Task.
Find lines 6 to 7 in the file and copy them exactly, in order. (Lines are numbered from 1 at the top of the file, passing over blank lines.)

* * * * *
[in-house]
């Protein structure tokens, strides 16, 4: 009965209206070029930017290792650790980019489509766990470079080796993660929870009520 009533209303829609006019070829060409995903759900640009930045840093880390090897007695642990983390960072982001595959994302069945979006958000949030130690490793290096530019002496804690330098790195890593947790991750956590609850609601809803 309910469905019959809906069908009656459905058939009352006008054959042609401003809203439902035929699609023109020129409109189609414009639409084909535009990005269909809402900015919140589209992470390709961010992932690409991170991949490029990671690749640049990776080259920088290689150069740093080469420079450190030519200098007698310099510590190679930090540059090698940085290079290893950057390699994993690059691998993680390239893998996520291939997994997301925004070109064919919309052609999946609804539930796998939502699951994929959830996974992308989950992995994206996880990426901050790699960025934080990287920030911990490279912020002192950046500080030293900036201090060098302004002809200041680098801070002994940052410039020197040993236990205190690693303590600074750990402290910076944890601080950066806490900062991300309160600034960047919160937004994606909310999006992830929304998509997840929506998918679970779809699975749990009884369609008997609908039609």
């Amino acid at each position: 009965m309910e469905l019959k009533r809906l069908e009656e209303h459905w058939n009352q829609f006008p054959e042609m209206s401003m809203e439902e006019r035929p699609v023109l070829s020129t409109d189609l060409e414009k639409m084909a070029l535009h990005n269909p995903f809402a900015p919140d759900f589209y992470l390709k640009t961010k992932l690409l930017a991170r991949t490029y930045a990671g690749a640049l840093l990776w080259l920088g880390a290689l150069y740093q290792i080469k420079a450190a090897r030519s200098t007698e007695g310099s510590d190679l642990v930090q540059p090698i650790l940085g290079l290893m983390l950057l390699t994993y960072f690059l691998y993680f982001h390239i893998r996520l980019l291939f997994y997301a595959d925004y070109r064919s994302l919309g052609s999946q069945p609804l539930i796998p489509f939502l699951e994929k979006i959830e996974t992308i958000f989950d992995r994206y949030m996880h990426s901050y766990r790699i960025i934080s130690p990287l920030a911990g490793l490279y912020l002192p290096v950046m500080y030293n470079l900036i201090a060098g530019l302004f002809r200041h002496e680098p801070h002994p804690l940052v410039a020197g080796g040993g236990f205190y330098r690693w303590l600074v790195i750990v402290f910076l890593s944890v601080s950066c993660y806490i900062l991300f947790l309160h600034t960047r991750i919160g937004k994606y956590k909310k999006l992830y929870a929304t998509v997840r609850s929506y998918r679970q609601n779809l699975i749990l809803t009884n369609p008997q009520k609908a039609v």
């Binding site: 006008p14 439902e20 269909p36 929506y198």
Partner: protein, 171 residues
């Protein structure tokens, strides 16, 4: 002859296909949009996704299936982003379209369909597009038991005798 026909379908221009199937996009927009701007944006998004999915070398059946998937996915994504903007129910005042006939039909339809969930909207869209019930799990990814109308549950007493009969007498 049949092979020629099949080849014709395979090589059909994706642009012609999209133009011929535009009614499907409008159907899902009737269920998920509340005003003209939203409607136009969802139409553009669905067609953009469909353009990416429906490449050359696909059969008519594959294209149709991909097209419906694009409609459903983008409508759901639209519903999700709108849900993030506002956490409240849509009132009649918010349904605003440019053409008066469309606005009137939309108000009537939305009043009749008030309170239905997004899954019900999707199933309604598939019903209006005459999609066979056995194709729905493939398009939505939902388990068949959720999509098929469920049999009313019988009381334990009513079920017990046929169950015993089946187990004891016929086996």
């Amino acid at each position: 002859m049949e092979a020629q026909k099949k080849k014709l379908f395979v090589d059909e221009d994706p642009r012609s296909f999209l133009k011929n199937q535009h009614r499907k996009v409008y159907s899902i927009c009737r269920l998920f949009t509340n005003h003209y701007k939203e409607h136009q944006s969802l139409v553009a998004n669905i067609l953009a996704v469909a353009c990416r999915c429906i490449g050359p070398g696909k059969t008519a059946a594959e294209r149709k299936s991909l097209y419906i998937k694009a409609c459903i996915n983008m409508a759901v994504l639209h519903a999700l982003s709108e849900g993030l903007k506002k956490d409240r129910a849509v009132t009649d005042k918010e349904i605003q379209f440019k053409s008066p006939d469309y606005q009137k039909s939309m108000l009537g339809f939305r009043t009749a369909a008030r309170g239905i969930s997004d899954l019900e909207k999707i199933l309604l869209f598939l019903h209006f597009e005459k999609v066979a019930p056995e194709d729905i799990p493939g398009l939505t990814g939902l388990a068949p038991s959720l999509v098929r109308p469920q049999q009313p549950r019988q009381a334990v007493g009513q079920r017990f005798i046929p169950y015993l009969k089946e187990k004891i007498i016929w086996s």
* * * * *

């Protein structure tokens, strides 16, 4: 002859296909949009996704299936982003379209369909597009038991005798 026909379908221009199937996009927009701007944006998004999915070398059946998937996915994504903007129910005042006939039909339809969930909207869209019930799990990814109308549950007493009969007498 049949092979020629099949080849014709395979090589059909994706642009012609999209133009011929535009009614499907409008159907899902009737269920998920509340005003003209939203409607136009969802139409553009669905067609953009469909353009990416429906490449050359696909059969008519594959294209149709991909097209419906694009409609459903983008409508759901639209519903999700709108849900993030506002956490409240849509009132009649918010349904605003440019053409008066469309606005009137939309108000009537939305009043009749008030309170239905997004899954019900999707199933309604598939019903209006005459999609066979056995194709729905493939398009939505939902388990068949959720999509098929469920049999009313019988009381334990009513079920017990046929169950015993089946187990004891016929086996």
């Amino acid at each position: 002859m049949e092979a020629q026909k099949k080849k014709l379908f395979v090589d059909e221009d994706p642009r012609s296909f999209l133009k011929n199937q535009h009614r499907k996009v409008y159907s899902i927009c009737r269920l998920f949009t509340n005003h003209y701007k939203e409607h136009q944006s969802l139409v553009a998004n669905i067609l953009a996704v469909a353009c990416r999915c429906i490449g050359p070398g696909k059969t008519a059946a594959e294209r149709k299936s991909l097209y419906i998937k694009a409609c459903i996915n983008m409508a759901v994504l639209h519903a999700l982003s709108e849900g993030l903007k506002k956490d409240r129910a849509v009132t009649d005042k918010e349904i605003q379209f440019k053409s008066p006939d469309y606005q009137k039909s939309m108000l009537g339809f939305r009043t009749a369909a008030r309170g239905i969930s997004d899954l019900e909207k999707i199933l309604l869209f598939l019903h209006f597009e005459k999609v066979a019930p056995e194709d729905i799990p493939g398009l939505t990814g939902l388990a068949p038991s959720l999509v098929r109308p469920q049999q009313p549950r019988q009381a334990v007493g009513q079920r017990f005798i046929p169950y015993l009969k089946e187990k004891i007498i016929w086996s």